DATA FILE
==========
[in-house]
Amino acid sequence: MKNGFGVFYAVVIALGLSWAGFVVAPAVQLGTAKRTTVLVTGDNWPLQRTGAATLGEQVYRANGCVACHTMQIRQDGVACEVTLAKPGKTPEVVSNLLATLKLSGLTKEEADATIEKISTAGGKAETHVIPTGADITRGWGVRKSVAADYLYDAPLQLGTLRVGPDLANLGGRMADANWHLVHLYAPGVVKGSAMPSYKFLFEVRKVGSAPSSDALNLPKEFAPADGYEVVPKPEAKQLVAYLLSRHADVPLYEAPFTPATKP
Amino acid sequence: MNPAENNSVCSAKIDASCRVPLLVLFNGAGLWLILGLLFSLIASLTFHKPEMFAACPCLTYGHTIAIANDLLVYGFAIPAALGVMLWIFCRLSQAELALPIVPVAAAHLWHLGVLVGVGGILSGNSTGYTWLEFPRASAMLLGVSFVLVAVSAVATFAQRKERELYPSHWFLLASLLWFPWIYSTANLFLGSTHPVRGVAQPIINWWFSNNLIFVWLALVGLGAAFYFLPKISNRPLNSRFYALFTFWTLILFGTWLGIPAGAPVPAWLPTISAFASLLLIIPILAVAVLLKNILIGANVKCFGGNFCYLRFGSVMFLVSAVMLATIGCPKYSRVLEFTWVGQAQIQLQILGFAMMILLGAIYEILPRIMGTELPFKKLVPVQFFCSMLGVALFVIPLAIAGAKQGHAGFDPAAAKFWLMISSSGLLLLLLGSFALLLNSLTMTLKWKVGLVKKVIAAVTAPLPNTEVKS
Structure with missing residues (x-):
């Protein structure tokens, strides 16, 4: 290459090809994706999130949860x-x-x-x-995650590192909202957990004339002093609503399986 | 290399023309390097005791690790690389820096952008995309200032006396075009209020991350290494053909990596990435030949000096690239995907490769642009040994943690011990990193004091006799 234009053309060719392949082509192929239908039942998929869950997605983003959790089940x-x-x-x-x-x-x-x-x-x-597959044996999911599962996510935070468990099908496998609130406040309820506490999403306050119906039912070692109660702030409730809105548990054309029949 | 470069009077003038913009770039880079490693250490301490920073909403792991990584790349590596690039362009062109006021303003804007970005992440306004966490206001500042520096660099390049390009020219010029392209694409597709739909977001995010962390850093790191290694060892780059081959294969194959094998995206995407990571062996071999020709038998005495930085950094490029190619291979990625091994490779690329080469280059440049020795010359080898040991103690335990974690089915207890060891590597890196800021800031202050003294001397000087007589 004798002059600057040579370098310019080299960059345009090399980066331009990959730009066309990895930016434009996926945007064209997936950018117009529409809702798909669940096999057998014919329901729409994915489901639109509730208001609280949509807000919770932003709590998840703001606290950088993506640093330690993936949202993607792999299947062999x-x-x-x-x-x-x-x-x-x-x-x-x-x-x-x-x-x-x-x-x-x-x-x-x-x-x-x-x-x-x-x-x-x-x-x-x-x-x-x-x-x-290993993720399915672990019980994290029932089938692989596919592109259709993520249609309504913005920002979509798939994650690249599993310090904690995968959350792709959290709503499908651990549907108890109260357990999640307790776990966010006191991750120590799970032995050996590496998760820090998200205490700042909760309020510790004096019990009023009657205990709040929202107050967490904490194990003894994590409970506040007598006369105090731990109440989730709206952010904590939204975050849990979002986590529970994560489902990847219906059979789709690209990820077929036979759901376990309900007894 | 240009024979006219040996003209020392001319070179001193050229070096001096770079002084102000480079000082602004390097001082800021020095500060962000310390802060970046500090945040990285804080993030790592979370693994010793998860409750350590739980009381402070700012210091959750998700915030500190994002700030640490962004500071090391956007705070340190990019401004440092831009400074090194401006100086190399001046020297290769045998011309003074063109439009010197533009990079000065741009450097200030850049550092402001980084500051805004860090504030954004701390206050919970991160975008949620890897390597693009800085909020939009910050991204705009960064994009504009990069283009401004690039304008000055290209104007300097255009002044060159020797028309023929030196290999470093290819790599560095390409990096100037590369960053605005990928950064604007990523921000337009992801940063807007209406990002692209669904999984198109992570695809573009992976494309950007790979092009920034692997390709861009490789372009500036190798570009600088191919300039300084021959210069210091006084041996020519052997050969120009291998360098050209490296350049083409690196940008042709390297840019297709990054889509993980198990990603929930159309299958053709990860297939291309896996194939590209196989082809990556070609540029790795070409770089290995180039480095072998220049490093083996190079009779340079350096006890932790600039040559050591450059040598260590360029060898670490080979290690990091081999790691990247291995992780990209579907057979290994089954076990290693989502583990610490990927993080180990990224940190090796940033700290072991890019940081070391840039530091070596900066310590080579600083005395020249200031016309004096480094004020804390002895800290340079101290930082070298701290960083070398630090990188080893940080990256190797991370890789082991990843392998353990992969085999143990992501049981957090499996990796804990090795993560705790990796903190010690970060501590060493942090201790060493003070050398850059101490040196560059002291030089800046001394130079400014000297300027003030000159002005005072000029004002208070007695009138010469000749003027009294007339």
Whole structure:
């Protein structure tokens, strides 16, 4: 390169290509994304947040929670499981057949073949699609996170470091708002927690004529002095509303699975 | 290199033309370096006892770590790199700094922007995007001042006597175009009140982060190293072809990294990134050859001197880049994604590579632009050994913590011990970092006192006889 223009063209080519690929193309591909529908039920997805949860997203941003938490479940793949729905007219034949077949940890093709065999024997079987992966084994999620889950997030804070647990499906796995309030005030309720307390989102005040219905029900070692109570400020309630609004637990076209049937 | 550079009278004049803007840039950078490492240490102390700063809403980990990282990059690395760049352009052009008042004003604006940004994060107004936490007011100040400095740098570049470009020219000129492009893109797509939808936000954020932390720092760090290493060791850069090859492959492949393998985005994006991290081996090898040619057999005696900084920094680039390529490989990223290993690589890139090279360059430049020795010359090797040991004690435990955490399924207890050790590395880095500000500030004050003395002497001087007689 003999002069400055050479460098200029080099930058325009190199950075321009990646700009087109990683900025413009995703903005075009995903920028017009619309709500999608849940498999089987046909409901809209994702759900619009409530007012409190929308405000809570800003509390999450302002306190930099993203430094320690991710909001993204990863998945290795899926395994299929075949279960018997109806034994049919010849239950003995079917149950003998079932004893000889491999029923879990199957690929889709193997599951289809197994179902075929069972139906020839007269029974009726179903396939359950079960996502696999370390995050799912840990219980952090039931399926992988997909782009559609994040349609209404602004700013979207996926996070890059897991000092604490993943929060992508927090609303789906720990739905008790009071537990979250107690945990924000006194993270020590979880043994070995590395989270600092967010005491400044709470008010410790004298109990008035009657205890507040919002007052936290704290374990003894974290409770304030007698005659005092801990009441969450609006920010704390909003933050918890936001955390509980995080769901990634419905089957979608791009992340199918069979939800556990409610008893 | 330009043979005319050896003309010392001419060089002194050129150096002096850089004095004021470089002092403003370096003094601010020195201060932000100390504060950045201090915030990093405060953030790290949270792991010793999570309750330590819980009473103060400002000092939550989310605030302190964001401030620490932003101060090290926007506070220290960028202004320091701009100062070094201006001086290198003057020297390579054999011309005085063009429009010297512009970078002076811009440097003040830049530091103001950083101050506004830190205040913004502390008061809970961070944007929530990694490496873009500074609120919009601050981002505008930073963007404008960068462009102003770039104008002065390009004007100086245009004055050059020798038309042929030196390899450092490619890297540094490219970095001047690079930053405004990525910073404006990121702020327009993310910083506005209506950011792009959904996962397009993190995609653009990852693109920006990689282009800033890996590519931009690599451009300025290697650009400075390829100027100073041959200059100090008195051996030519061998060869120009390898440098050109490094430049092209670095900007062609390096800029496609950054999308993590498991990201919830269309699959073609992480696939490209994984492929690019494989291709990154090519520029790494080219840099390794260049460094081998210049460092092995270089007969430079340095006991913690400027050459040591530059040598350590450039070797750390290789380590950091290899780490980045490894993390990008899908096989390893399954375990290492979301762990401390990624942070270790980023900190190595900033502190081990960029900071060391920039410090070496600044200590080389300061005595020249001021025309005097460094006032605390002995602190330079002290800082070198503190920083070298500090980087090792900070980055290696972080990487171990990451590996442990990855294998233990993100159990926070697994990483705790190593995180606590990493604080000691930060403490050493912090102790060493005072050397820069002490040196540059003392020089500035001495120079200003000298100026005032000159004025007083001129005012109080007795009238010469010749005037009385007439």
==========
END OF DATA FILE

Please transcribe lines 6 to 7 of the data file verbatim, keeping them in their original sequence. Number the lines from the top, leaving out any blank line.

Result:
Whole structure:
């Protein structure tokens, strides 16, 4: 390169290509994304947040929670499981057949073949699609996170470091708002927690004529002095509303699975 | 290199033309370096006892770590790199700094922007995007001042006597175009009140982060190293072809990294990134050859001197880049994604590579632009050994913590011990970092006192006889 223009063209080519690929193309591909529908039920997805949860997203941003938490479940793949729905007219034949077949940890093709065999024997079987992966084994999620889950997030804070647990499906796995309030005030309720307390989102005040219905029900070692109570400020309630609004637990076209049937 | 550079009278004049803007840039950078490492240490102390700063809403980990990282990059690395760049352009052009008042004003604006940004994060107004936490007011100040400095740098570049470009020219000129492009893109797509939808936000954020932390720092760090290493060791850069090859492959492949393998985005994006991290081996090898040619057999005696900084920094680039390529490989990223290993690589890139090279360059430049020795010359090797040991004690435990955490399924207890050790590395880095500000500030004050003395002497001087007689 003999002069400055050479460098200029080099930058325009190199950075321009990646700009087109990683900025413009995703903005075009995903920028017009619309709500999608849940498999089987046909409901809209994702759900619009409530007012409190929308405000809570800003509390999450302002306190930099993203430094320690991710909001993204990863998945290795899926395994299929075949279960018997109806034994049919010849239950003995079917149950003998079932004893000889491999029923879990199957690929889709193997599951289809197994179902075929069972139906020839007269029974009726179903396939359950079960996502696999370390995050799912840990219980952090039931399926992988997909782009559609994040349609209404602004700013979207996926996070890059897991000092604490993943929060992508927090609303789906720990739905008790009071537990979250107690945990924000006194993270020590979880043994070995590395989270600092967010005491400044709470008010410790004298109990008035009657205890507040919002007052936290704290374990003894974290409770304030007698005659005092801990009441969450609006920010704390909003933050918890936001955390509980995080769901990634419905089957979608791009992340199918069979939800556990409610008893 | 330009043979005319050896003309010392001419060089002194050129150096002096850089004095004021470089002092403003370096003094601010020195201060932000100390504060950045201090915030990093405060953030790290949270792991010793999570309750330590819980009473103060400002000092939550989310605030302190964001401030620490932003101060090290926007506070220290960028202004320091701009100062070094201006001086290198003057020297390579054999011309005085063009429009010297512009970078002076811009440097003040830049530091103001950083101050506004830190205040913004502390008061809970961070944007929530990694490496873009500074609120919009601050981002505008930073963007404008960068462009102003770039104008002065390009004007100086245009004055050059020798038309042929030196390899450092490619890297540094490219970095001047690079930053405004990525910073404006990121702020327009993310910083506005209506950011792009959904996962397009993190995609653009990852693109920006990689282009800033890996590519931009690599451009300025290697650009400075390829100027100073041959200059100090008195051996030519061998060869120009390898440098050109490094430049092209670095900007062609390096800029496609950054999308993590498991990201919830269309699959073609992480696939490209994984492929690019494989291709990154090519520029790494080219840099390794260049460094081998210049460092092995270089007969430079340095006991913690400027050459040591530059040598350590450039070797750390290789380590950091290899780490980045490894993390990008899908096989390893399954375990290492979301762990401390990624942070270790980023900190190595900033502190081990960029900071060391920039410090070496600044200590080389300061005595020249001021025309005097460094006032605390002995602190330079002290800082070198503190920083070298500090980087090792900070980055290696972080990487171990990451590996442990990855294998233990993100159990926070697994990483705790190593995180606590990493604080000691930060403490050493912090102790060493005072050397820069002490040196540059003392020089500035001495120079200003000298100026005032000159004025007083001129005012109080007795009238010469010749005037009385007439």